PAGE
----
The additional link adds detail to what you and others
are warning about.
In my case, a lack of computer science background means
I depend on others (a big thank you for this list!) to
fill in the "blanks" . . .
From: midrange-l-bounces@xxxxxxxxxxxx [mailto:midrange-l-bounces@xxxxxxxxxxxx] On Behalf Of CRPence
Sent: Wednesday, January 22, 2014 12:51 PM
Subject: Re: optional parm in CLLE
On 22-Jan-2014 04:46 -0800, rob@xxxxxxxxx wrote:
Ken Sims on 01/21/2014 04:26 PM wrote:
On Tue, 21 Jan 2014 20:09:15 Gary Thompson wrote:
I am looking at changing a local program used for FTP.
Are optional parameters possible in CLLE ?
The idea is existing programs calling this changed program will not
pass the new parameter and will not need changing.
Note that all of the responses about trying to use the parameter and
monitoring for an invalid/null pointer are NOT correct for not
passing a pointer at all (unless CLLE does something under the covers
for checking the number of parameters passed versus the field being
If a pointer is not passed (valid or null), then there could be a
valid pointer in the memory location where that pointer would be if
it had been passed.
You need the equivalent of the RPGLE %PARMS BIF. I suspect that you
will need to use one of the CEE APIs to do that, but I don't know. I
have many RPGLE programs that can handle varying numbers of
parameters, but I've never done that in CLLE.
Seemed to work just fine in debug. You want to give a sample of how
this could happen?
Not only does debug cause differences in how initialization occurs for a program, but prior invocations made also may play a role in how a later invocation functions [or fails], due to the possibility of re-utilized but not re-initialized storage by the OS LIC AI [Activation\Invocation] feature.
An inference that the invocation /seems to function/ may be found eventually [with varied testing] to be instead, an invocation that merely /mostly functions/; perhaps even most undesirably, functions incorrectly unpredictably instead of only ever failing with an exception condition. Examples have been given in the past, whereby a prior invocation made with N+x [x>=0] parameters causes a later invocation with N-y [y>=1] parameters to /see/ that an argument was specified for the Nth parameter even though the invoker incorrectly invoked with fewer than the required N parameters. That is, although the Nth argument was neither specified nor explicitly omitted, the invoked code can not distinguish the lack of an argument from an actual argument having been specified; thus GIGO. In that case, old callers either must be updated to specify *OMIT for the new parameter, or the invoked code must devise some means to distinguish old callers [that will be improperly invoking without either *OMIT or explicitly *NULL], so the modified invoked code knows when to avoid /looking/ at the parameter that corresponds to the unspecified argument.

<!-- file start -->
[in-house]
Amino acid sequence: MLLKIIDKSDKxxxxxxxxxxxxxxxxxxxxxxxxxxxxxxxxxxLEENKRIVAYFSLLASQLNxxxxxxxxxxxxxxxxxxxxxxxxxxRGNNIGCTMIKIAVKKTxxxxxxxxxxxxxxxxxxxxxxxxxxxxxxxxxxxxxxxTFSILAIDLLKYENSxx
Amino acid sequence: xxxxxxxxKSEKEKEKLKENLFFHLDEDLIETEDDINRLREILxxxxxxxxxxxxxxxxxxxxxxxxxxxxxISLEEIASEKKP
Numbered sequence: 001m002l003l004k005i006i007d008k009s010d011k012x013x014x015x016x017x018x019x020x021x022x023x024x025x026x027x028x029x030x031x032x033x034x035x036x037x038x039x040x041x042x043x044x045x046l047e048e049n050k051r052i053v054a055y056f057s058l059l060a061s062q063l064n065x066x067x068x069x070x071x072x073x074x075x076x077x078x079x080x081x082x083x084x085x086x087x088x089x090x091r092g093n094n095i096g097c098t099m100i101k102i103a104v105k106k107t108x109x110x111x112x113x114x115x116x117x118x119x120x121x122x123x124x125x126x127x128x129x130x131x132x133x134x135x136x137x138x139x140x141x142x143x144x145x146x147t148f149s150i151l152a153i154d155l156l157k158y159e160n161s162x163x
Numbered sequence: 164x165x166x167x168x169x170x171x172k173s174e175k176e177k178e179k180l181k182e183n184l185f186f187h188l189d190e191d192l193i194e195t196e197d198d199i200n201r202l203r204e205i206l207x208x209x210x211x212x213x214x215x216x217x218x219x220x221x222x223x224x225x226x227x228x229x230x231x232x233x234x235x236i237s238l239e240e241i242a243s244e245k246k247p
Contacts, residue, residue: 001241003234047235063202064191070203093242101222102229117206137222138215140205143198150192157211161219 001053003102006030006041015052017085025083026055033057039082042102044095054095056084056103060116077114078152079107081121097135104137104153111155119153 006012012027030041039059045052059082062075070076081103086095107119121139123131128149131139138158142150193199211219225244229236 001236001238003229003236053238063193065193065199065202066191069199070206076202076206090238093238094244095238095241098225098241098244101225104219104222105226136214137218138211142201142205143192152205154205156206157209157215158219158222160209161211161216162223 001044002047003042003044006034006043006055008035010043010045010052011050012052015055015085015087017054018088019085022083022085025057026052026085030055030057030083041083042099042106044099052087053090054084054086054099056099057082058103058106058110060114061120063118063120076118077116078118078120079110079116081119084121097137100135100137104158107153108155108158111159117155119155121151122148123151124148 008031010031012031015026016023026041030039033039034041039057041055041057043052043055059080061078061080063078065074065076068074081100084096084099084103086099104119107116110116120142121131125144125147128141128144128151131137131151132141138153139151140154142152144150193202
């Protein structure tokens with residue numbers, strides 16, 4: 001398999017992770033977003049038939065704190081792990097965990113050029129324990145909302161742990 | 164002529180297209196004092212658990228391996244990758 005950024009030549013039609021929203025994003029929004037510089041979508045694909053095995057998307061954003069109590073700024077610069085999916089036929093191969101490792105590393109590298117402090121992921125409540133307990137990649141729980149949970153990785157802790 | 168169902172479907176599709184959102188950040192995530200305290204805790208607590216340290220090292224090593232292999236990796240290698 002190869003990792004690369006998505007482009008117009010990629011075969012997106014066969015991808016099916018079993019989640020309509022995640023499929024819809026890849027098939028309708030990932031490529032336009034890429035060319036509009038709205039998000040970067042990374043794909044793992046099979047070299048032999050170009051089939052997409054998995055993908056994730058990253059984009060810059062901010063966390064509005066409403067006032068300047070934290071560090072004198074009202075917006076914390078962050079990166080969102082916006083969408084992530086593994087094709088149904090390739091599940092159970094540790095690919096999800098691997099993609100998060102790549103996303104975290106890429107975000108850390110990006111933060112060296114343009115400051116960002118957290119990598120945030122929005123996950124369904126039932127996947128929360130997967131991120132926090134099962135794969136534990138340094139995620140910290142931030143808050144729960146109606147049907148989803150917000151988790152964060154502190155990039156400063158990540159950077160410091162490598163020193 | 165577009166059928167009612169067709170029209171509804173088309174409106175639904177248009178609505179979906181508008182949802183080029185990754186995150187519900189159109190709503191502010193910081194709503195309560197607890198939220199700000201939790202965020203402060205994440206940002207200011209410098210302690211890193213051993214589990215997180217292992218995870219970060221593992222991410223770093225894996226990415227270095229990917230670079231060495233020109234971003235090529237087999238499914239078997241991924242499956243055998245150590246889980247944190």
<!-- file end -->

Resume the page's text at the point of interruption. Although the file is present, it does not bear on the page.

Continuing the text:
So, a specific example could show that the /unpredictable/ nature is indeed at least somewhat predictable. But intuitively, if the results are truly unpredictable, then even such an example might just function well, without the negative condition being manifest. That would surely confound an attempt to describe why the situation must be avoided.
Thus, just a reference to the docs should suffice.? As has already been posted [by Gary]; though via a different link to the same topic:
"... When calling an ILE program or procedure, the operating system does not check the number of parameters that are passed on the call. In addition, the space where the operating system stores the parameters is not reinitialized between program or procedure calls. Calling a program or procedure that expects n parameters with n-1 parameters makes the system use whatever is in the parameter space to access the nth parameter. The results of this action are very unpredictable. This also applies to programs or procedures written in other ILE languages that call CL programs or procedures or are called by CL programs or procedures. ..."
The discussion of the OP scenario may be somewhat moot however, unless the characteristics of the old\existing callers [that are intended to remain unchanged] is clarified, and the characteristics of the old\existing called executable object and the intended replacement are clarified; possibly even including details of the existing parameters\declarations and known input values and possibly even known-to-be never-input values from the callers, to be able to provide better ideas on how to allow those existing invokers to remain unchanged while allowing the changed [or newly CLLE] invoked code to avoid improper assumptions for which the effect may be either a failure with an exception or incorrect output.
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